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War as Punishment

War as Punishment

February 11, 2011 -
1:15pm to 3:00pm
Event Speaker: 
David Luban, University Professor and Professor of Law and Philosophy
Event Sponsor: 
The Munro Lectureship Fund and The Lane Center
Abstract: 

Until recently, rulers routinely treated the punishment of affronts as a legitimate reason to make war. Today, warmaking to punish misbehaving princes may seem no better than warmaking to grab land, tribute, or glory. Under the Charter of the United Nations and customary international law, only self-defense counts as a legitimate reason to go to war. To be sure, individual political and military leaders can be punished for war crimes, including the crime of aggression. The International Criminal Court exists for just that purpose. But punishing leaders in a court of law is not the same as using warfare itself as the instrument of punishment. We may think that punishment by the sword, like wars of conquest, represents a lesser stage of civilization than we aspire to. This transformation in thinking about just cause raises two important questions: First, how did we get from there to here—from widespread acceptance of punishment as a just cause for war to widespread rejection of it? Second, and more important, is the question of whether punishment of wrongdoing might actually be a just cause for war despite the modern narrowing of just cause to self-defense.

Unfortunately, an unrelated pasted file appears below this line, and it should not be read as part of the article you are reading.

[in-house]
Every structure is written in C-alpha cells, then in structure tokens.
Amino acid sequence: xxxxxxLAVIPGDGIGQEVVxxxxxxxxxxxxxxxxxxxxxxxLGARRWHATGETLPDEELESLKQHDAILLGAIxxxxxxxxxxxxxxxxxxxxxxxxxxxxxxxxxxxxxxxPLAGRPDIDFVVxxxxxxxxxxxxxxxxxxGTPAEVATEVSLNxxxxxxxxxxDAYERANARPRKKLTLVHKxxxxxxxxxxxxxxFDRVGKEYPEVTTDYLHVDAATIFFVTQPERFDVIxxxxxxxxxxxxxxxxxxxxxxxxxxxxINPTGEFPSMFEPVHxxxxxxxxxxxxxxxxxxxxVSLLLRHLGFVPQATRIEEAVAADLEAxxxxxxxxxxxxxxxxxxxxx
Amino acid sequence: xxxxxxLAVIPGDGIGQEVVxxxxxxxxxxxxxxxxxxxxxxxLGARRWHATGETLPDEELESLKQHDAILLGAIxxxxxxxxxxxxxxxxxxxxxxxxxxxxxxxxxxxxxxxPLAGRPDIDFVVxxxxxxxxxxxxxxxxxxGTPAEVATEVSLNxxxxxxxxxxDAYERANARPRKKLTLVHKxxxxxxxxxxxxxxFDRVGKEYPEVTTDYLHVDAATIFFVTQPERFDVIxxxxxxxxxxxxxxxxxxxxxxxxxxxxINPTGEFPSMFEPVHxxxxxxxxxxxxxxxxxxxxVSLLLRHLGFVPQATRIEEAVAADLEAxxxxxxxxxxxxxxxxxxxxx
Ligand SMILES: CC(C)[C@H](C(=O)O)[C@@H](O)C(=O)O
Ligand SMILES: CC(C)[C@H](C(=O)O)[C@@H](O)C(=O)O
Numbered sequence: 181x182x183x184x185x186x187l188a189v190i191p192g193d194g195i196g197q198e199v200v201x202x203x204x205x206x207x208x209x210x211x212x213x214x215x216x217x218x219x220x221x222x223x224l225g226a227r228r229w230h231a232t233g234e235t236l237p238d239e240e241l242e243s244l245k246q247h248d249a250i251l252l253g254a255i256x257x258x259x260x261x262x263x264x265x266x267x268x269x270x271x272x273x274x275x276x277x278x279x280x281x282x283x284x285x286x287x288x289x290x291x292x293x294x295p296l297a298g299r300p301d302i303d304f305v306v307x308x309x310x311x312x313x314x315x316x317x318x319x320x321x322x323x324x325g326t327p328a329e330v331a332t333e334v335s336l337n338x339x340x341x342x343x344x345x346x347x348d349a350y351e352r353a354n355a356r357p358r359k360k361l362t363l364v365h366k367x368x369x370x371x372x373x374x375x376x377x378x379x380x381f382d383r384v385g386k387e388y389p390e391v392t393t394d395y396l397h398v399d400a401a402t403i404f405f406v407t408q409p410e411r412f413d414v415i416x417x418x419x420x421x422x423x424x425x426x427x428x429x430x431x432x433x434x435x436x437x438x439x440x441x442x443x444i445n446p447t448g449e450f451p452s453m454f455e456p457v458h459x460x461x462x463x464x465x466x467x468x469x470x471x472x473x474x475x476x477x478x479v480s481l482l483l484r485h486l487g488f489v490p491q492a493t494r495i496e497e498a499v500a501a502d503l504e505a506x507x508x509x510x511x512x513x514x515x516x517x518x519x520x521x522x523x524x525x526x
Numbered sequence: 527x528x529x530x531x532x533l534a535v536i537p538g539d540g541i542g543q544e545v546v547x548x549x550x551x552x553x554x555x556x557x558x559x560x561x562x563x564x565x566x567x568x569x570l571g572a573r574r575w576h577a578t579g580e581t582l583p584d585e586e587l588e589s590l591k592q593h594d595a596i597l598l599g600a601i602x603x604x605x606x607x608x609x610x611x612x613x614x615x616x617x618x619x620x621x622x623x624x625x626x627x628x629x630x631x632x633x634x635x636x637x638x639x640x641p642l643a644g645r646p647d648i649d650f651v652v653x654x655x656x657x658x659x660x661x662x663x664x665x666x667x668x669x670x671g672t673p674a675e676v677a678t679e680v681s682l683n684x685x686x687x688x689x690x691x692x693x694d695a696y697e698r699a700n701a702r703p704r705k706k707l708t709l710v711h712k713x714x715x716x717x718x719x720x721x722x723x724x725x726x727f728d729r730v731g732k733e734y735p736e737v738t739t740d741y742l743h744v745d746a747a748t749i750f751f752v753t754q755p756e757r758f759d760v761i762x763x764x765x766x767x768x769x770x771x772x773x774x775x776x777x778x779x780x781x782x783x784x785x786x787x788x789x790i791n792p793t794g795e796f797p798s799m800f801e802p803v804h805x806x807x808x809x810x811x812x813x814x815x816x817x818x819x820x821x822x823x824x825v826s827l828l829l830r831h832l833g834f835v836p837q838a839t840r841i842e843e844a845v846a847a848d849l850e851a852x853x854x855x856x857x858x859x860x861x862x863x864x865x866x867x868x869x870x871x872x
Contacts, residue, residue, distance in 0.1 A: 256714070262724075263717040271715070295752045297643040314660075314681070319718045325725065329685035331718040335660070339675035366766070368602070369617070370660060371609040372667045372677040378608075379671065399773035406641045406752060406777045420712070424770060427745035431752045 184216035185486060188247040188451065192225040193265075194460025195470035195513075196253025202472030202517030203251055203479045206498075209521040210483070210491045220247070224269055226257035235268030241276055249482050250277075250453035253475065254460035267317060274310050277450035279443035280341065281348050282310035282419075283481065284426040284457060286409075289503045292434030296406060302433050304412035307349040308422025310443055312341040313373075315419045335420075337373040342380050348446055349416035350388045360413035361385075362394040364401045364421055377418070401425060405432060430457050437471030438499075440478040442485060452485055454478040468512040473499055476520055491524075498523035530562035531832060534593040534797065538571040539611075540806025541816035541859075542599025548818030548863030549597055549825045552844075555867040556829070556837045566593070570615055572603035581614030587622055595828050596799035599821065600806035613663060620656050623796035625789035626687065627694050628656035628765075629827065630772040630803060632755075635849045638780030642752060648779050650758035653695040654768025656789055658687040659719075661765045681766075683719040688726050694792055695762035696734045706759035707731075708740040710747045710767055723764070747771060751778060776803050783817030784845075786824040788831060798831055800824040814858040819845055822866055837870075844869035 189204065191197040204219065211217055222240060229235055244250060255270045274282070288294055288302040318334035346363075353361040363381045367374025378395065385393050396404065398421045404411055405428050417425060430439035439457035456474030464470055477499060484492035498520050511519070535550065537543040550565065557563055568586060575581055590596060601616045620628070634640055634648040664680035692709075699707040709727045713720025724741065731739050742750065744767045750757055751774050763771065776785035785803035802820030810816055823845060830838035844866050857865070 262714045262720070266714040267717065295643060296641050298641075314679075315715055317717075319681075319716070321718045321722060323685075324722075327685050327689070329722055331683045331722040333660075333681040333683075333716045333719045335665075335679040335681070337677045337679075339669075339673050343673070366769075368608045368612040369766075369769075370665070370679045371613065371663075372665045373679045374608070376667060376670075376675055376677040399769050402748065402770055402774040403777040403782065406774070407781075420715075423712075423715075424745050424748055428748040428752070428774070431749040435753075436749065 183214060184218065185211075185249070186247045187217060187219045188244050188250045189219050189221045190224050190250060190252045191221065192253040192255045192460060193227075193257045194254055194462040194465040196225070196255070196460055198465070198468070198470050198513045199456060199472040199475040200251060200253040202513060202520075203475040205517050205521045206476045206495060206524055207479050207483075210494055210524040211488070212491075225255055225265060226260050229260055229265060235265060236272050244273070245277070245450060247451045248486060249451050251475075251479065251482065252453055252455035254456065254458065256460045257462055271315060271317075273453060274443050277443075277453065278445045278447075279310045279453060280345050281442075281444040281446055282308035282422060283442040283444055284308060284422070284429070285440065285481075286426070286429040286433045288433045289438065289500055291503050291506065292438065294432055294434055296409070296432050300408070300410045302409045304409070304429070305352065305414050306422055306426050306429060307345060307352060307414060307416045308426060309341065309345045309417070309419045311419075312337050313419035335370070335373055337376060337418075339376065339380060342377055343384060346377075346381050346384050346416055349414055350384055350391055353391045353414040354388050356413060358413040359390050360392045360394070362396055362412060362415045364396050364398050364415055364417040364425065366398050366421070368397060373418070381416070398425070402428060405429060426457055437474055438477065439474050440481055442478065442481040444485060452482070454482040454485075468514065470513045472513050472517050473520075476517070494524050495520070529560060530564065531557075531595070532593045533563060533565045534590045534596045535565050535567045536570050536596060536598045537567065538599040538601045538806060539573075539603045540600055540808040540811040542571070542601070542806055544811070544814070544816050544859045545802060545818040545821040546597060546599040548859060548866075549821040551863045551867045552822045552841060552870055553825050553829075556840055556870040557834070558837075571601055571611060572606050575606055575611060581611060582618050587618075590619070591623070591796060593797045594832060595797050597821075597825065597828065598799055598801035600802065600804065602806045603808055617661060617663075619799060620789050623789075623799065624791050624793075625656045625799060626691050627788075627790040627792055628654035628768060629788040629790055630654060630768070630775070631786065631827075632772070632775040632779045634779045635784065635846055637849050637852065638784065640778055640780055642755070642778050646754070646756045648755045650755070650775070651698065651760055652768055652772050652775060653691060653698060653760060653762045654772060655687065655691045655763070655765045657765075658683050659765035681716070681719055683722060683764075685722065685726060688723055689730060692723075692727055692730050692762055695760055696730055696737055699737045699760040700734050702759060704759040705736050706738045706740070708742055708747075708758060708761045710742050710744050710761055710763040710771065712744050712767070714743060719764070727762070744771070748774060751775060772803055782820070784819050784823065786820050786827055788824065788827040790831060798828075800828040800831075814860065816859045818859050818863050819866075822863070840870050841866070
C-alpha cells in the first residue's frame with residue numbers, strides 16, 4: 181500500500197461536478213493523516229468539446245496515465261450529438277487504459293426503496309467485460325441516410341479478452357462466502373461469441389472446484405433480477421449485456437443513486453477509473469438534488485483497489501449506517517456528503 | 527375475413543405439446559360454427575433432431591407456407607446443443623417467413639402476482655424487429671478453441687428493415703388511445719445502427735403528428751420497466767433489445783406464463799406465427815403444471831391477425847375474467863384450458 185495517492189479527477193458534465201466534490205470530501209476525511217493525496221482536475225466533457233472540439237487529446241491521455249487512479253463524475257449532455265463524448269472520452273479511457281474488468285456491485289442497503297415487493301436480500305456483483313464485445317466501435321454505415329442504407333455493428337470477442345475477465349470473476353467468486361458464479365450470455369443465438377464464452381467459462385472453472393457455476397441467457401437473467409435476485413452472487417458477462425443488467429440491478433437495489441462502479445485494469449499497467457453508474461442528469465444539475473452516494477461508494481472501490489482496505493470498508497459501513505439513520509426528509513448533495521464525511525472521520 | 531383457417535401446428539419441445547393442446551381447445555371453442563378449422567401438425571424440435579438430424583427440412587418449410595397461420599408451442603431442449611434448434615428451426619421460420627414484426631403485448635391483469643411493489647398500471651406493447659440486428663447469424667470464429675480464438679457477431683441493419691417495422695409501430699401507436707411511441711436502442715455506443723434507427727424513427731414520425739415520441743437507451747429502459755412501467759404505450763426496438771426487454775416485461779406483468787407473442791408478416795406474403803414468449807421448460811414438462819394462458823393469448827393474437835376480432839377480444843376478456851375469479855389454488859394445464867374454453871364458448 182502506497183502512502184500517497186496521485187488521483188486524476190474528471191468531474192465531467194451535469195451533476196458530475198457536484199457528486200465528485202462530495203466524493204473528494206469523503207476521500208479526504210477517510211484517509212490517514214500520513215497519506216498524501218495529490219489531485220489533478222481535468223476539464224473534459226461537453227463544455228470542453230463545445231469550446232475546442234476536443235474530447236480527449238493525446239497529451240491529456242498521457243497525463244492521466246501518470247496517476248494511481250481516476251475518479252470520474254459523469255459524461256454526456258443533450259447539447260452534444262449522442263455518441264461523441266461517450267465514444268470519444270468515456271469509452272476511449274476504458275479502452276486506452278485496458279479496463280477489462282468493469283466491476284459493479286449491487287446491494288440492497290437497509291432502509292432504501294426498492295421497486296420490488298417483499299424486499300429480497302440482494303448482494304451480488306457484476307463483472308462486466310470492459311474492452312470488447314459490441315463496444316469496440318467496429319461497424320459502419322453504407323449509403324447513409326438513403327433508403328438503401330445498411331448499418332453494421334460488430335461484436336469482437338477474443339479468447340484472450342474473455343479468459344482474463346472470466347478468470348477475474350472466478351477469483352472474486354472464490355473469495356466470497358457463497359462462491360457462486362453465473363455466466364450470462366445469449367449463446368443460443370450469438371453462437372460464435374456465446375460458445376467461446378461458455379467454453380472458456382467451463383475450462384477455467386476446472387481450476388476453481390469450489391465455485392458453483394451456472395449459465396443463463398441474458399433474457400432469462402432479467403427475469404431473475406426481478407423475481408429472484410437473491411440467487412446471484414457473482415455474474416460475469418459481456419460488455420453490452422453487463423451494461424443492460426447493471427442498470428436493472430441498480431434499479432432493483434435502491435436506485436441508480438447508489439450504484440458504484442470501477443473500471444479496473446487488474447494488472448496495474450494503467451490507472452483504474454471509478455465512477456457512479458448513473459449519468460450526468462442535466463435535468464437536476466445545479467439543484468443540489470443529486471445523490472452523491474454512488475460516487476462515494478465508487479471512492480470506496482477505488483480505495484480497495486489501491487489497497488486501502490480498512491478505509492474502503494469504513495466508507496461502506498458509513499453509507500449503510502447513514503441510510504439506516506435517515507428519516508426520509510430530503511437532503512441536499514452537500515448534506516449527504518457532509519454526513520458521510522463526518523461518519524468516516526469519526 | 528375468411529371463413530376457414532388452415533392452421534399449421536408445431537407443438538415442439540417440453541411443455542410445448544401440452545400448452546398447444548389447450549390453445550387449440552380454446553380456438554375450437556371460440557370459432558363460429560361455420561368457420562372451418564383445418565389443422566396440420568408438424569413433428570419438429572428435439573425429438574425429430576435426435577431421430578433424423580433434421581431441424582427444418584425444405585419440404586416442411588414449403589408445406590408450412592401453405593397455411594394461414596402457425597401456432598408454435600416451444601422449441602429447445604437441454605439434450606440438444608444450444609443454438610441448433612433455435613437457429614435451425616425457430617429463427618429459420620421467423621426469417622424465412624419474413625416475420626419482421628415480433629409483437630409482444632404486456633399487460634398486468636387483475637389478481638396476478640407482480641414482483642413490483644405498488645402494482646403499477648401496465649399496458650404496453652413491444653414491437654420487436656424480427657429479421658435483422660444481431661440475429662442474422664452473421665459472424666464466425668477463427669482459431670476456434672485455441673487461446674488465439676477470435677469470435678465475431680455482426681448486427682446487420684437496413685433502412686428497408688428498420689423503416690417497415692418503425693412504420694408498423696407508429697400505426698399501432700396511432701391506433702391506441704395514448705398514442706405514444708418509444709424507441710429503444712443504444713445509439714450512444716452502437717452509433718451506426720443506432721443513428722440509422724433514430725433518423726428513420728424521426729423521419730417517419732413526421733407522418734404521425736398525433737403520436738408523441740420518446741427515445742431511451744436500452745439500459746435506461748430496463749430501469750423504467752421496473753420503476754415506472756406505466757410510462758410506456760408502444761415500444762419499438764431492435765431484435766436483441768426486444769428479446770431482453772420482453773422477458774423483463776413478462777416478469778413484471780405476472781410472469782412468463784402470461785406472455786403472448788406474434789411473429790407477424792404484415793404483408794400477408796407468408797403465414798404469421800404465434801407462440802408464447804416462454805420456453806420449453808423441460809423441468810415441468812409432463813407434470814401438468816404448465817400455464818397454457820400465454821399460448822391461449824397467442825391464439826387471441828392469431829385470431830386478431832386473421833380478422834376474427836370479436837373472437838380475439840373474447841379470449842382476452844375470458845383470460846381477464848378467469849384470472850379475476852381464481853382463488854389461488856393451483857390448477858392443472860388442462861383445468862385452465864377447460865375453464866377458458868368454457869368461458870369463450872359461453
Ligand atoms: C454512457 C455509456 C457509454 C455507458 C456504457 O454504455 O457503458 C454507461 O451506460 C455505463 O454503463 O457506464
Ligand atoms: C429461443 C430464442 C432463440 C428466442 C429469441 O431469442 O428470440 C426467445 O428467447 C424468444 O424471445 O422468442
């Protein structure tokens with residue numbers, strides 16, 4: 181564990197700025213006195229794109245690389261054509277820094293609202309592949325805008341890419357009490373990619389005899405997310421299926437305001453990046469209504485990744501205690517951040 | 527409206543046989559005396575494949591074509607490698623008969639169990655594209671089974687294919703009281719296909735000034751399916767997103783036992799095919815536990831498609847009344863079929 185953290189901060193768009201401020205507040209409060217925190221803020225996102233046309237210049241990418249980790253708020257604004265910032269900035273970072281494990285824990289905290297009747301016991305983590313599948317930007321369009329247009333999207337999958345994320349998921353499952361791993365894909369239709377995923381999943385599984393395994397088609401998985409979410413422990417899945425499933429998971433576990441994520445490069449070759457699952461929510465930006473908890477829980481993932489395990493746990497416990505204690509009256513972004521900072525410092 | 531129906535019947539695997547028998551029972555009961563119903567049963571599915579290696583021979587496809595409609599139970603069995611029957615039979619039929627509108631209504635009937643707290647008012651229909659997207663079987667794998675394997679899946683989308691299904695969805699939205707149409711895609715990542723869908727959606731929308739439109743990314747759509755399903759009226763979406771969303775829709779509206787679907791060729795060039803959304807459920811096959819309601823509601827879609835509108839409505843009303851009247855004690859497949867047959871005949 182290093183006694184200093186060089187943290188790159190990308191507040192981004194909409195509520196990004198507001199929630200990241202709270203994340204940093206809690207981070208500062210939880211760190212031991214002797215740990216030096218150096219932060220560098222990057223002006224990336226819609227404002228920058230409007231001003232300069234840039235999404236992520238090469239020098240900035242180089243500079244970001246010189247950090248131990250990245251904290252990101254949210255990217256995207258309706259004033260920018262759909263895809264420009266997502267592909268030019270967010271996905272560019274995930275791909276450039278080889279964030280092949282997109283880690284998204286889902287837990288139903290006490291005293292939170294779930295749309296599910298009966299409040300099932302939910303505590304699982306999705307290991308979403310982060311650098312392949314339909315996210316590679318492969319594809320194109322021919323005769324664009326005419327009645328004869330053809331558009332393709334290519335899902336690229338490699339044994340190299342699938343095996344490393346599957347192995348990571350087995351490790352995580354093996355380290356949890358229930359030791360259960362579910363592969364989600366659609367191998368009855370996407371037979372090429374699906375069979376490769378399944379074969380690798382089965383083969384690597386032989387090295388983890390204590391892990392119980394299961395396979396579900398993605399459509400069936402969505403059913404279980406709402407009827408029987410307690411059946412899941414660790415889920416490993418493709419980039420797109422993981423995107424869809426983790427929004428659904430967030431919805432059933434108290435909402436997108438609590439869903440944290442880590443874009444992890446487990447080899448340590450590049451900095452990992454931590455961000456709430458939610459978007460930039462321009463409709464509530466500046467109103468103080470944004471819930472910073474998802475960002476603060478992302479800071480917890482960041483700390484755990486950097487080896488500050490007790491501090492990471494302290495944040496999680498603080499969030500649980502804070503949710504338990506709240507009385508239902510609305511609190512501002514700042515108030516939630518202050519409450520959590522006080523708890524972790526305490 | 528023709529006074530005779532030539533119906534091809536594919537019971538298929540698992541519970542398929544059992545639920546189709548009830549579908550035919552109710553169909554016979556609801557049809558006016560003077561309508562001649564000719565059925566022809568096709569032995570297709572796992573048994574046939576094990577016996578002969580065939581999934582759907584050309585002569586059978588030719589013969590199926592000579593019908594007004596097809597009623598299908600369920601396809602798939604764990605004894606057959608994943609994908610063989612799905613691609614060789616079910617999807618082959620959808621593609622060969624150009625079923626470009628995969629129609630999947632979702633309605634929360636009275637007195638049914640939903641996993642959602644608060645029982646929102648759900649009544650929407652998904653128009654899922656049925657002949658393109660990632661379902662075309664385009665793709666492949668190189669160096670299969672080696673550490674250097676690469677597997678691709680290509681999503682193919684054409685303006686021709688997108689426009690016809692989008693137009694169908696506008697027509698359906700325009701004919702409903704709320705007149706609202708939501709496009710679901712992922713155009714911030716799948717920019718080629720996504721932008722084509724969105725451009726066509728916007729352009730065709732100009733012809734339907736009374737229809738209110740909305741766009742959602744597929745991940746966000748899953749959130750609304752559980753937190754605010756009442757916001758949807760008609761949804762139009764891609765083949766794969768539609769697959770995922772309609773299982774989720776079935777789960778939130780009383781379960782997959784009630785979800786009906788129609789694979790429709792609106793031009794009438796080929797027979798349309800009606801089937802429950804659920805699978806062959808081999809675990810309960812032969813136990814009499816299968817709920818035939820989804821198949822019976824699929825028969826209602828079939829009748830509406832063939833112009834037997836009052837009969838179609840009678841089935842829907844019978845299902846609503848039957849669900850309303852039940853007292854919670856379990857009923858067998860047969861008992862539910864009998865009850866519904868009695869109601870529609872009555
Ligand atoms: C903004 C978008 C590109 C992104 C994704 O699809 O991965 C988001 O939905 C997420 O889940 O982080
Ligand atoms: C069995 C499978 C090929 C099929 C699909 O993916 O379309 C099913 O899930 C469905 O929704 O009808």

Biography: 
David Luban is University Professor and Professor of Law and Philosophy, and the Acting Director of the Center on National Security and the Law. Luban received his B.A. from the University of Chicago and Ph.D. in philosophy from Yale University. He came to Georgetown in 1997 from the University of Maryland. Luban has been visiting professor and Distinguished Senior Fellow in Legal Ethics at Yale Law School, and Leah Kaplan Visiting Professor of Human Rights at Stanford Law School; he has also held visiting appointments at Dartmouth College,  the University of Melbourne, and Harvard Law School. In spring 2011, he will be a fellow of the Institute for Advanced Studies at Hebrew University, Jerusalem. Luban has held a Guggenheim Fellowship and Woodrow Wilson Fellowship, and won awards for his legal ethics scholarship from the New York State Bar and the American Bar Foundation.
 
In addition to legal ethics and philosophy, his recent scholarship concerns international criminal law, just war theory, human rights, and the US torture debate. Luban has published more than 150 articles; his books have been translated into Chinese and Japanese. They include Lawyers and Justice (1988), Legal Modernism (1993), Legal Ethics and Human Dignity (2007) and, most recently, International and Transnational Criminal Law (2010) (with Julie O'Sullivan and David P. Stewart). Luban has written for Slate.com, the Washington Post, and the Los Angeles Times; he is a member of the group legal blog Balkinization. He is a frequent speaker at universities in the United States, and has lectured in ten other countries. Luban served on the DC Bar's legal ethics committee, and chaired the Professional Responsibility Section of the Association of American Law Schools, as well as the American Philosophical Association's committee on law and philosophy.